Old Dog Flying wrote:As in most things these days, the English language is so "bastardized" that anyone with any sense at all has a hard time understanding what the hell you kids really mean.

The Old Curmudgeon
Barney with thick skin
What do you mean Barney?
Yo, what up dog? I be flyin here and you best get yo busted ass out the way, fo I get all in the circuit wit y'll. Know what I'm sayin?
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Re: Uncontrolled ROW

Post by Old Dog Flying »

Beef: I'm not certain what if any, your point is, but CS was quite right a few posts back and no I don't expect people to get out of my way. I follow long standing procedures that have kept me safe for a very long time.

Many years ago I was briefing a student at a small prairie airfield about the use of check-lists when one of the local heroes started berating me for wasting the students time with BS check-lists.

Our hero walked out to his Aztec, fired it up and blasted into the sky. The door popped open and he spent the entire circuit trying to save his paperwork and sundry other junk from flying out the door. Naturely when he flaired for the landing the noise factor became quite intense when the props started chewing up the runway..no gear and no brains.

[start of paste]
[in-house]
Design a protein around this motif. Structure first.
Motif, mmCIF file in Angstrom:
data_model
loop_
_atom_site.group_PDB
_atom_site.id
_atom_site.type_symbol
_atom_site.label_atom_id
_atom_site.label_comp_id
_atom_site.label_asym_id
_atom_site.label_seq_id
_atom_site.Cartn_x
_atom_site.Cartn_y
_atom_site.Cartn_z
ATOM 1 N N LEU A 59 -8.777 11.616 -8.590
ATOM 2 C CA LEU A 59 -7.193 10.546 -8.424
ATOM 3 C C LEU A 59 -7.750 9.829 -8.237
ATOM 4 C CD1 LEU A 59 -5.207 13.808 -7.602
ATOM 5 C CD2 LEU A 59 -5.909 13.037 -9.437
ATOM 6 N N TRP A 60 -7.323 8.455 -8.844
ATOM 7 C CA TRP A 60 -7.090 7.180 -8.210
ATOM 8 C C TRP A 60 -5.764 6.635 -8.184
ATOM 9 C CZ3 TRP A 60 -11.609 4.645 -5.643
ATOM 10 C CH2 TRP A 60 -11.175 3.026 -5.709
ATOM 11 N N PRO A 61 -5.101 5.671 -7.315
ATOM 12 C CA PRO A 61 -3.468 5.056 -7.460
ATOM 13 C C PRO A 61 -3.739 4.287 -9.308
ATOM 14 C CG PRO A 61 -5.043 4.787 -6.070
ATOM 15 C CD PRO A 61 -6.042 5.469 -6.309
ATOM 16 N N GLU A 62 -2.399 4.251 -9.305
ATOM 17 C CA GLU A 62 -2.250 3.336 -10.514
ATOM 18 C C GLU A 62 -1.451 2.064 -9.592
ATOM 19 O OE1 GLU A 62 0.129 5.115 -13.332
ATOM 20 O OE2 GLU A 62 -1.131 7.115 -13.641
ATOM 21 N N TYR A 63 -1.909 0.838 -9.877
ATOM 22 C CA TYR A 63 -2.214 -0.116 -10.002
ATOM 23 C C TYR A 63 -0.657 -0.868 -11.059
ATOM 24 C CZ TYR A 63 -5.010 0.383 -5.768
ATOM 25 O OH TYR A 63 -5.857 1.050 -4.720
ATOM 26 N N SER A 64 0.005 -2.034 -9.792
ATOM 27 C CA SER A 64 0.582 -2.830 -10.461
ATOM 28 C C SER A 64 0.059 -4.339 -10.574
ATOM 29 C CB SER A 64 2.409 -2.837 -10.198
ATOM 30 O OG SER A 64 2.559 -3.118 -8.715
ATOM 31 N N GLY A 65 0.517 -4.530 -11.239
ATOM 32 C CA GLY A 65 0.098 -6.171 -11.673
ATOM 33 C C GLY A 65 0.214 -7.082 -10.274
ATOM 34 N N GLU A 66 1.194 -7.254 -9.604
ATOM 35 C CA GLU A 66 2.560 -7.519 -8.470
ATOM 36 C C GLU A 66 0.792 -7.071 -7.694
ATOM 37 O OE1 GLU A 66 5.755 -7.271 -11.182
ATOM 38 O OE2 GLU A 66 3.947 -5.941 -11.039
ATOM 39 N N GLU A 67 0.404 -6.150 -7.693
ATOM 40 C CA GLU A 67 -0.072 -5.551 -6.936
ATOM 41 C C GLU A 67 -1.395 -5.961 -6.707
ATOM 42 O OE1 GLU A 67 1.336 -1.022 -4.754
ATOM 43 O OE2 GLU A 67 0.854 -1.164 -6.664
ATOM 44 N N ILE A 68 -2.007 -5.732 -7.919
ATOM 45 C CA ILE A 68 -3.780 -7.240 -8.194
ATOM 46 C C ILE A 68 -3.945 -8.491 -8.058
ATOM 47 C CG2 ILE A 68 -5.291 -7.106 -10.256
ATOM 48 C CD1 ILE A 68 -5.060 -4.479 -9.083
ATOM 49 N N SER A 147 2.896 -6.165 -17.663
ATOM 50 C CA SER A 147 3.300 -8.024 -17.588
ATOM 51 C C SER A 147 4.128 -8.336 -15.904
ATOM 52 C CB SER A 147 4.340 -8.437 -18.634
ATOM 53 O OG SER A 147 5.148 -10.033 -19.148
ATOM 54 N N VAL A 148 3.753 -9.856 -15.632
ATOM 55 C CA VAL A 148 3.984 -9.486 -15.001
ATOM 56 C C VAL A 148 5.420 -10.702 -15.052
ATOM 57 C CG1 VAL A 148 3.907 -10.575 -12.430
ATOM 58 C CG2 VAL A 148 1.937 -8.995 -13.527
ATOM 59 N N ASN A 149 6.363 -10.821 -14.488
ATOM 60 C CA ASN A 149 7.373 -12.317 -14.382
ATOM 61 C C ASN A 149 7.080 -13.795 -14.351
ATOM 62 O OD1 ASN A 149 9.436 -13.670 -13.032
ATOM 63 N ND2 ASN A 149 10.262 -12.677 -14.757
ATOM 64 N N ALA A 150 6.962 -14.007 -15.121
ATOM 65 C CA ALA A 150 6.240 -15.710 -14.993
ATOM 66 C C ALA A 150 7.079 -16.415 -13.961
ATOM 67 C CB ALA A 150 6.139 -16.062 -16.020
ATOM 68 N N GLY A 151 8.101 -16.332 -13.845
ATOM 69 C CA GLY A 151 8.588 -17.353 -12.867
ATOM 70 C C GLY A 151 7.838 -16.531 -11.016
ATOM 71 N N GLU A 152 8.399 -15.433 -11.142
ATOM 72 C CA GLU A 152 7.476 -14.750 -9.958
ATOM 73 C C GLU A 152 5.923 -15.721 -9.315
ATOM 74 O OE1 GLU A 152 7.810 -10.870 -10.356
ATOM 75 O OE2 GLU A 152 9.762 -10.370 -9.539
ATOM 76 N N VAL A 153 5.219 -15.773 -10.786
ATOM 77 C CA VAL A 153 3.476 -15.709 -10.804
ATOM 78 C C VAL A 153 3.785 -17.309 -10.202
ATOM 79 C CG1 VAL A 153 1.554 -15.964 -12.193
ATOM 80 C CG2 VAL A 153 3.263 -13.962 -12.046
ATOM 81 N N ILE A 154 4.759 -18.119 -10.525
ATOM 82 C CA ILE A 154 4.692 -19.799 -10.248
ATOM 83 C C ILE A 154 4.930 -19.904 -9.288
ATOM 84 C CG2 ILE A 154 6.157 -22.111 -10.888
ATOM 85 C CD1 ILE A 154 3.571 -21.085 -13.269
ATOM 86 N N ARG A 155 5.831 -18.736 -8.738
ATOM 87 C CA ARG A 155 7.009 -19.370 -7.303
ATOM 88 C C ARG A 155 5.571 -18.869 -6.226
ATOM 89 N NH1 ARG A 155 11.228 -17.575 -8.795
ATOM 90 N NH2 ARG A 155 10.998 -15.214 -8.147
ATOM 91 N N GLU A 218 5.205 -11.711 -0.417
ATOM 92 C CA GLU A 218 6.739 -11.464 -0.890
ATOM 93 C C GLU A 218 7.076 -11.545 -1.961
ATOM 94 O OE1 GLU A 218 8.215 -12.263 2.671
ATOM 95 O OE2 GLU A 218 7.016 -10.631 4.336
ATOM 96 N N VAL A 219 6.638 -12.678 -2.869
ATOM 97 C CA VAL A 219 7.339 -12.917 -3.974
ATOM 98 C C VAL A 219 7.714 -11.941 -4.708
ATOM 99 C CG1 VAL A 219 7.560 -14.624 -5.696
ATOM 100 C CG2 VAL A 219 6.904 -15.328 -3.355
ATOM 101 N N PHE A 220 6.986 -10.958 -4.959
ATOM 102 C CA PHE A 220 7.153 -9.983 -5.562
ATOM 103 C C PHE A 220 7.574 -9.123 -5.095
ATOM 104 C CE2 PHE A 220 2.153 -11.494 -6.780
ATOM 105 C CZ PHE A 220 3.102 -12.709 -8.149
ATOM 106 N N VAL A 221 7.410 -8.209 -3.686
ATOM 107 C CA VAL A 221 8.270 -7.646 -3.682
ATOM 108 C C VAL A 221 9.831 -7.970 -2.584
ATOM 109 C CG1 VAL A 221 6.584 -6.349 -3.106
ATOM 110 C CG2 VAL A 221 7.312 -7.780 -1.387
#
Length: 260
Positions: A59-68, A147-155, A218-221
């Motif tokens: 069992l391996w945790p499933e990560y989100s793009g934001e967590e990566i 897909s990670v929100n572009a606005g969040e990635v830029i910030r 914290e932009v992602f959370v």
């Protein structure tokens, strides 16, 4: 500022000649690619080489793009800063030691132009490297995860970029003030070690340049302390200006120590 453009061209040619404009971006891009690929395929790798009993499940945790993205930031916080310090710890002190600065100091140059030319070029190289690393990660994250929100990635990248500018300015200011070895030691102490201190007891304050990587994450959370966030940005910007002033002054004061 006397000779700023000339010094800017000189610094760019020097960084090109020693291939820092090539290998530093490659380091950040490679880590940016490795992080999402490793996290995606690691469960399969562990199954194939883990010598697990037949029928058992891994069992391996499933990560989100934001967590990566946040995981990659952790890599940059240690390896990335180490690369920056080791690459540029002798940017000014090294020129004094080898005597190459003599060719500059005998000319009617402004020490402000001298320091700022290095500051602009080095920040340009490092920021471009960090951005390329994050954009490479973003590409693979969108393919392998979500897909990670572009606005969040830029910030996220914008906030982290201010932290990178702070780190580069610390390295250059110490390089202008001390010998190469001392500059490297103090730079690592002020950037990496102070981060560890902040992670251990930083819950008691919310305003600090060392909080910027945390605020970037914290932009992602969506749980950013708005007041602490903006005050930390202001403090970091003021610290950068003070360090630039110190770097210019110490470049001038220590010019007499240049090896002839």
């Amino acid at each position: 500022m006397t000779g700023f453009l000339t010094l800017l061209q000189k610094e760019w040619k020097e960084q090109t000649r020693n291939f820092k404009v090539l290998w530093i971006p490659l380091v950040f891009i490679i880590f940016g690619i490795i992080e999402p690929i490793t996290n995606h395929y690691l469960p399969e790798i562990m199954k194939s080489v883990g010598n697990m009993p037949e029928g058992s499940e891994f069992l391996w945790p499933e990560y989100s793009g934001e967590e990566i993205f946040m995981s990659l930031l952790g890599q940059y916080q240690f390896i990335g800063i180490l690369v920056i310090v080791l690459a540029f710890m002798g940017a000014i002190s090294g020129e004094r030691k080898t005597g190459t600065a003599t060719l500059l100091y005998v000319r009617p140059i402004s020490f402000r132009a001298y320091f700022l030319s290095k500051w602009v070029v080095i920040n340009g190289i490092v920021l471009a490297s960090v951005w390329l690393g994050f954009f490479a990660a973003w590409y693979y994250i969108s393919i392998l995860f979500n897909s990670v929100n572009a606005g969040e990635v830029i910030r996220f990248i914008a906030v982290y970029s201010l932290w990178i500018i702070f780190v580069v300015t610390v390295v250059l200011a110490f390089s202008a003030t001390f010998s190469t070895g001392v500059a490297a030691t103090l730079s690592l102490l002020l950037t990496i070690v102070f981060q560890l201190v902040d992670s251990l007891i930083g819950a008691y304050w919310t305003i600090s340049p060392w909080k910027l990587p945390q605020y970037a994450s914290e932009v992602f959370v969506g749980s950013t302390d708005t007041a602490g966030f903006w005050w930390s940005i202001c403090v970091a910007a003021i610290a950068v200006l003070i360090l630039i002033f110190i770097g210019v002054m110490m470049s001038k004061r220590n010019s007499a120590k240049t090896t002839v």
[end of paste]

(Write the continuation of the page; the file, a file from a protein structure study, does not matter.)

Bad attitudes make for bad decisions...and bad phraseology makes for confusion in the circuit.

And the hero in the above..well he took three of his friends with him to a very nasty ending..RIP
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Post by Beefitarian »

I agree with you and was kidding around about how the English language is evolving. There's places where it maybe should not in my opinion. Someone on here was giving me a hard time about using "niner" to avoid confusion.

The Colonel is a pretty big proponent of "less is more on the radio" I agree but I think it's important to make sure everyone knows where others are if near by and what their intentions are.

I suppose to a degree we all have to use whatever everyone else is to keep communications viable.

Sorry if it read like I was giving you a hard time with the ebonics.
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Re:

Post by Old Dog Flying »

[quote="Beefitarian"]

I suppose to a degree we all have to use whatever everyone else is to keep communications viable.

quote]

That is exactly why the use of "Standard" phraseology was established many years ago but unfortunately the great unwashed hoard of semi-literate newbies just don't understand that it is they who must conform to the standard.
no offence taken..thick skinned old fart

Barney